1. Limits to the application of College discipline shall be applied to student misconduct which adversely affects the College community’s pursuit of its educational objectives, defined as follows:
a. The opportunity of all members of the College community to attain their immediate and long-range educational goals.
b. The generation and maintenance of an intellectual and educational atmosphere throughout the College community.
c. The protection of the welfare, health, personal safety and property of all members of the College community and the College itself.
2. Matters of extenuating circumstances surrounding the violation shall be taken into account in determining the question of and/or nature of the sanction. Inappropriate sanctions shall not be imposed. Past behaviors and/or violations may be reviewed and considered before a sanction is rendered.
Misconduct and Discipline
1. Misconduct for which students will be subject to College discipline:
a. Forgery or alteration of College documents, records or instruments of identification or use of same with intent to defraud.
b. Intentional obstruction or disruption of teaching, research, administrative functions or disciplinary proceedings or other College activities, including public service functions and other authorized activities of the College.
c. Abuse of any person, College premises, or at College sponsored or College supervised events or conduct which threatens or endangers the health or safety of any such person.
d. Hate crimes, also called bias crimes or bias-related crimes, involving criminal activity motivated by the perpetrator’s bias or attitude against an individual or group based on perceived or actual personal characteristics, such as race, religion, ethnicity, gender, sexual orientation or disability. Penalties for these crimes are very serious and range from fines to imprisonment for lengthy periods, depending on the nature of the underlying criminal offense, the use of violence or previous convictions of the offender. Students who are perpetrators of such crimes will also be subject to campus disciplinary procedures where sanctions including dismissal are possible.
e. Sexual assault, including sexual misconduct, rape, criminal sexual acts, forcible touching, sexual abuse and aggravated sexual abuse. Where there is probable cause to believe such misconduct has occurred, strong disciplinary action will be pursued, including the possibility of suspension or dismissal from the College. An individual charged with sexual misconduct may be subject to College disciplinary procedures, whether or not prosecution under New York State Criminal Statutes is pending. Students found responsible for sexual misconduct violations may receive sanctions up to and including suspension or expulsion from the College. Corning Community College will, upon written request, disclose to the alleged victim of a crime of violence or a non-forcible sex offense, the report on the results of any disciplinary proceeding conducted by the College against a student who is the alleged perpetrator of such crime or offense.
f. Theft from or damage to College premises or theft or damage to property of a member of the College community or College premises.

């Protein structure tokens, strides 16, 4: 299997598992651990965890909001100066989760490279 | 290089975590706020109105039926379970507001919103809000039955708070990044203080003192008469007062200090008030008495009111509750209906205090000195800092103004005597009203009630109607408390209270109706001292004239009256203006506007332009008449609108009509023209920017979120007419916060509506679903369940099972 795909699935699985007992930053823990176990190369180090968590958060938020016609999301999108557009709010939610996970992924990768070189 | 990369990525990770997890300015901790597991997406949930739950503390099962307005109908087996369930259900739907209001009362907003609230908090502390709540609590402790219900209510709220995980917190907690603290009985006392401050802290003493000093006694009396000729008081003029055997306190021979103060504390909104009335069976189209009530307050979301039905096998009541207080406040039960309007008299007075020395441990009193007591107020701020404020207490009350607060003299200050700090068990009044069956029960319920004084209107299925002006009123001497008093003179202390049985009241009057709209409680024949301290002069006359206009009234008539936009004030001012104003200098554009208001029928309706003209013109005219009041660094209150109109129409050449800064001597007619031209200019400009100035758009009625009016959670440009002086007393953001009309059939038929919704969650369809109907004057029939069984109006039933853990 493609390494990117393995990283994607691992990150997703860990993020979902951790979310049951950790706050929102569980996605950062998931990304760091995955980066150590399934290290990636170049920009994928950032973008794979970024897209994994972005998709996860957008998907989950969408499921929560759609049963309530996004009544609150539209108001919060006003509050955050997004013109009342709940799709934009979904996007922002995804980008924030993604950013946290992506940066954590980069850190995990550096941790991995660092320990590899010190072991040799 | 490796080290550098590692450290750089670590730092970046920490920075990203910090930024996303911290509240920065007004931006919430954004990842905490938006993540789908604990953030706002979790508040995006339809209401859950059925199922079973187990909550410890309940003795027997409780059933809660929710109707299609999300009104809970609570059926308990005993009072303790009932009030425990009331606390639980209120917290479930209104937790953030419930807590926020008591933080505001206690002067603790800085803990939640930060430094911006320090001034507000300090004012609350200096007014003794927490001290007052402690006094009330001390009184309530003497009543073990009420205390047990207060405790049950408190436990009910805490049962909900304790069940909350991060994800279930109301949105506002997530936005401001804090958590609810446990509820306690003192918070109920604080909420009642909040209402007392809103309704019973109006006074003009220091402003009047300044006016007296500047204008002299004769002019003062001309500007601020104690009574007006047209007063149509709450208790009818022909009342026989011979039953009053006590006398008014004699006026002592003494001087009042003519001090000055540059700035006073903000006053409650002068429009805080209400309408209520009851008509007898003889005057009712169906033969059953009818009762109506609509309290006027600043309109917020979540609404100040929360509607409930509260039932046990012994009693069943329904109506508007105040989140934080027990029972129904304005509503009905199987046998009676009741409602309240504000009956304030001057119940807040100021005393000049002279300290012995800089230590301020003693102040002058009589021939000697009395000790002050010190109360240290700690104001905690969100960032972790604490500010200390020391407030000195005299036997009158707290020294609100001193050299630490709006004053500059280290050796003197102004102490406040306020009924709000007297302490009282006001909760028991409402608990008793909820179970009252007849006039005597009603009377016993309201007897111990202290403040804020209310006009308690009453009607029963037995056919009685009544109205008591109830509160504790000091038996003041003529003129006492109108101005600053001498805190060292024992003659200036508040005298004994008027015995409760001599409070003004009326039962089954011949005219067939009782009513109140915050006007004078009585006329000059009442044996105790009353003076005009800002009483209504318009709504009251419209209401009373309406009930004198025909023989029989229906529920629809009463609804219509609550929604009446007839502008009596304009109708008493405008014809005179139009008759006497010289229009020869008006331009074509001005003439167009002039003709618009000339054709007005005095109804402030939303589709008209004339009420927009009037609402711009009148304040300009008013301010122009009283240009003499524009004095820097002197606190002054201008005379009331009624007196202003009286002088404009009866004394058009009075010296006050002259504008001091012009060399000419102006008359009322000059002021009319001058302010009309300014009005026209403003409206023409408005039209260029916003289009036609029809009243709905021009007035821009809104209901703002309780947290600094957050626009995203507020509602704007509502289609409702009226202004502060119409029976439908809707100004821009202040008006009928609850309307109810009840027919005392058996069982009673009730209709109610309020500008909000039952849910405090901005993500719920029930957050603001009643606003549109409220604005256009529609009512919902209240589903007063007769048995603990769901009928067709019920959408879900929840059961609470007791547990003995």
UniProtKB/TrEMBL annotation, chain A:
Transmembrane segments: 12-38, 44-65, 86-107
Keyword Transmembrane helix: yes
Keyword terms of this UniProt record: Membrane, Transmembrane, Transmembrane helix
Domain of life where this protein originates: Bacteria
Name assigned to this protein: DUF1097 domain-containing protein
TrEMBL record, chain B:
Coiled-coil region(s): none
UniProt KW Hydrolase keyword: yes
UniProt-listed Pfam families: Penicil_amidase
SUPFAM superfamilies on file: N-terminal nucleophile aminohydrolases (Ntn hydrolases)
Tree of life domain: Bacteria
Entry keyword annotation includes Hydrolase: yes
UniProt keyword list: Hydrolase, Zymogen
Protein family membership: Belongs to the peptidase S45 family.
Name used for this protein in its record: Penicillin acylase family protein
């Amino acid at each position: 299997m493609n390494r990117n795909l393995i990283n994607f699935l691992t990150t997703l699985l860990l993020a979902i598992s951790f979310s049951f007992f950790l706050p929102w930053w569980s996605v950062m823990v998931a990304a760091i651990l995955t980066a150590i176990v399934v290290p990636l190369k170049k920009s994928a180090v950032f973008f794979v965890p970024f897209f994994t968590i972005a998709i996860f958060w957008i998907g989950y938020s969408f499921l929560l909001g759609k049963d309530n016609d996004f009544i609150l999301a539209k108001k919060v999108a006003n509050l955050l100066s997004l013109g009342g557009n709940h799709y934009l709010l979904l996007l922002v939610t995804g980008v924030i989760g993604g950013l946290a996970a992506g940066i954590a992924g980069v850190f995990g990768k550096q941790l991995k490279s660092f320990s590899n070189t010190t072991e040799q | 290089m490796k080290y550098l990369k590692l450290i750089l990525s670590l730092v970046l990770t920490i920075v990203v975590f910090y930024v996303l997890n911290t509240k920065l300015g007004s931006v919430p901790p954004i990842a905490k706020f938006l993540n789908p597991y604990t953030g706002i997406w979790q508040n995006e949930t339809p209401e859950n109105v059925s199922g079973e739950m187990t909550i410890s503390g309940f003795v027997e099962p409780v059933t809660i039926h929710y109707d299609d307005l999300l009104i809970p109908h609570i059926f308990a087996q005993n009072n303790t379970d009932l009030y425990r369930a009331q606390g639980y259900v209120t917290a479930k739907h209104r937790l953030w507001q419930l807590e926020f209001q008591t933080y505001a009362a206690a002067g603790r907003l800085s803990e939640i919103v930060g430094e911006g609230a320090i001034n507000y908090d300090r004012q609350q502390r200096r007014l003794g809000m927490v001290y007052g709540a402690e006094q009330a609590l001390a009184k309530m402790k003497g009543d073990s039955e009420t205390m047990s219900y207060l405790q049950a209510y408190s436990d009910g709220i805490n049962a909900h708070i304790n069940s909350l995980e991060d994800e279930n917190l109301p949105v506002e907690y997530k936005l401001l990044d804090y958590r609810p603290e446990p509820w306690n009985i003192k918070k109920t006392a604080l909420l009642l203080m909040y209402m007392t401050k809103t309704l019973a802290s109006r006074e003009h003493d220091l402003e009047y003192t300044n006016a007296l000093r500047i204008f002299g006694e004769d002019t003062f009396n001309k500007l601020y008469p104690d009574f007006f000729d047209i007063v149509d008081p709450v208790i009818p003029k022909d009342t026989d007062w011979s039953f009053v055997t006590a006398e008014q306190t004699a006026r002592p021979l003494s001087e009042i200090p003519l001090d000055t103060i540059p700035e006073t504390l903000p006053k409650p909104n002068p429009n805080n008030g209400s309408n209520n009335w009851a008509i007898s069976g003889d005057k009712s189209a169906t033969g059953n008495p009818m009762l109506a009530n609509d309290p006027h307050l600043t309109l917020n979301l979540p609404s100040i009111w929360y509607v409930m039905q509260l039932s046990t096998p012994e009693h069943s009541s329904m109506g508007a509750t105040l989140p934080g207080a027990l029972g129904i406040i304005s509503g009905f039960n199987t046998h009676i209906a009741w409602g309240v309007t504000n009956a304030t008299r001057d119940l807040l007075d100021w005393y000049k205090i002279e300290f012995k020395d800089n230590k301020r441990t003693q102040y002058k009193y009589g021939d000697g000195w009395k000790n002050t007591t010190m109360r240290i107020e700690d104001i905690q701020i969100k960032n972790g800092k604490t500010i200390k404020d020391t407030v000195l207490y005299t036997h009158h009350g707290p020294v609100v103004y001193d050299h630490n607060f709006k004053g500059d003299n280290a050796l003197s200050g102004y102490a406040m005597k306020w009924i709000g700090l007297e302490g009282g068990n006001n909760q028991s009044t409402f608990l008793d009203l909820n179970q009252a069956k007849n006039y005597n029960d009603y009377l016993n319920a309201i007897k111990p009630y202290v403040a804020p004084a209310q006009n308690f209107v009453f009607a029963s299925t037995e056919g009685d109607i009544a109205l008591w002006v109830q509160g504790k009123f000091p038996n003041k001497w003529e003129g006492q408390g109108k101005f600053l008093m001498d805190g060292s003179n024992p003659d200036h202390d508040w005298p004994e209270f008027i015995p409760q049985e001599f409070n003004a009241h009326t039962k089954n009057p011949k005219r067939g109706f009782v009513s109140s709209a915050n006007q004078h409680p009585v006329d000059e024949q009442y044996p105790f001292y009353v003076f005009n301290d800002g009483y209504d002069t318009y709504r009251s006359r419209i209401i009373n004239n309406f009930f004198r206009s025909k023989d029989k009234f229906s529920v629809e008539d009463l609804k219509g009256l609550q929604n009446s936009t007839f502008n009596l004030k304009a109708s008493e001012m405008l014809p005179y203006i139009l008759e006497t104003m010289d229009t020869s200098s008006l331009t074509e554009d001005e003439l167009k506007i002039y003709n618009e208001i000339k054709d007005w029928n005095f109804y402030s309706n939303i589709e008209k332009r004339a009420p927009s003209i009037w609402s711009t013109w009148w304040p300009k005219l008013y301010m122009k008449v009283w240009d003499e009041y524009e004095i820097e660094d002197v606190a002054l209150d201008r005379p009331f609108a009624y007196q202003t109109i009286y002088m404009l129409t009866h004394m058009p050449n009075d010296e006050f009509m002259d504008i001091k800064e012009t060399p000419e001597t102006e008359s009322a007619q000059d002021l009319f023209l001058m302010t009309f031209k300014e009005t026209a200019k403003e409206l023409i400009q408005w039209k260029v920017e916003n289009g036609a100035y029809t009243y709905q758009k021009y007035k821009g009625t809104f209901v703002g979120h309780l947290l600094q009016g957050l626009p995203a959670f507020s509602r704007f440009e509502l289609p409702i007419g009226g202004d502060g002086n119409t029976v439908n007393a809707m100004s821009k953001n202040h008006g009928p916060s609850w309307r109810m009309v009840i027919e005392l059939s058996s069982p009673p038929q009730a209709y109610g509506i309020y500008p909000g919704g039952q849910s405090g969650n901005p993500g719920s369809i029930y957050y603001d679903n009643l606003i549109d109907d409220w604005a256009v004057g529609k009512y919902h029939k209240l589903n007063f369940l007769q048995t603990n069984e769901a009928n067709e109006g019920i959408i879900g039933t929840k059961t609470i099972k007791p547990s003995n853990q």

g. Failure to comply with directions of College officials acting in proper performance of their duties; i.e., any requirement or request to desist from specified activities outside the scope of authority of the person issuing the requirement.
h. Use by any student or student organization of the College name or a claim to speak or act in the name of the College or a College-related organization without due authorization.
i. Disorderly, lewd, indecent or obscene conduct or expression on campus or at a College-sponsored function.
j. Hazing: Any action taken by any student or participation in the creation of any situation which recklessly or intentionally endangers mental or physical health or which involves the forced consumption of liquor or drugs for the purpose of initiation into or affiliation with any
k. Violation of published College regulations.
l. Public intoxication or display of any behavior associated with the abuse of alcohol or drugs.
m. Behavior that is lacking respect for the worth and/or dignity of others.
2. Misconduct for which organizations will be subject to College discipline. Organizations which operate upon the campus or upon the property of the College used for educational purposes shall be prohibited from authorizing the conduct described above.
Except for College-sponsored off campus programs, it is the intent of the College to leave disciplinary action with respect to off campus offenses of students to civil authorities. However, there may be certain off campus offenses that by their very nature pose a serious threat or disruption to the College community. In such cases, the College reserves the right to take appropriate action. All students are required to uphold the policies and guidelines contained in the Residence Life Handbook.
Standards and Rights Regarding Student Misconduct
1. Any member of the CCC community may file charges against a student for violations of the Student Code. A charge shall be prepared in writing and directed to the Vice President/Dean of Student Development or his/her designee. Any charge should be submitted as soon as possible after the event takes place, preferably within thirty days.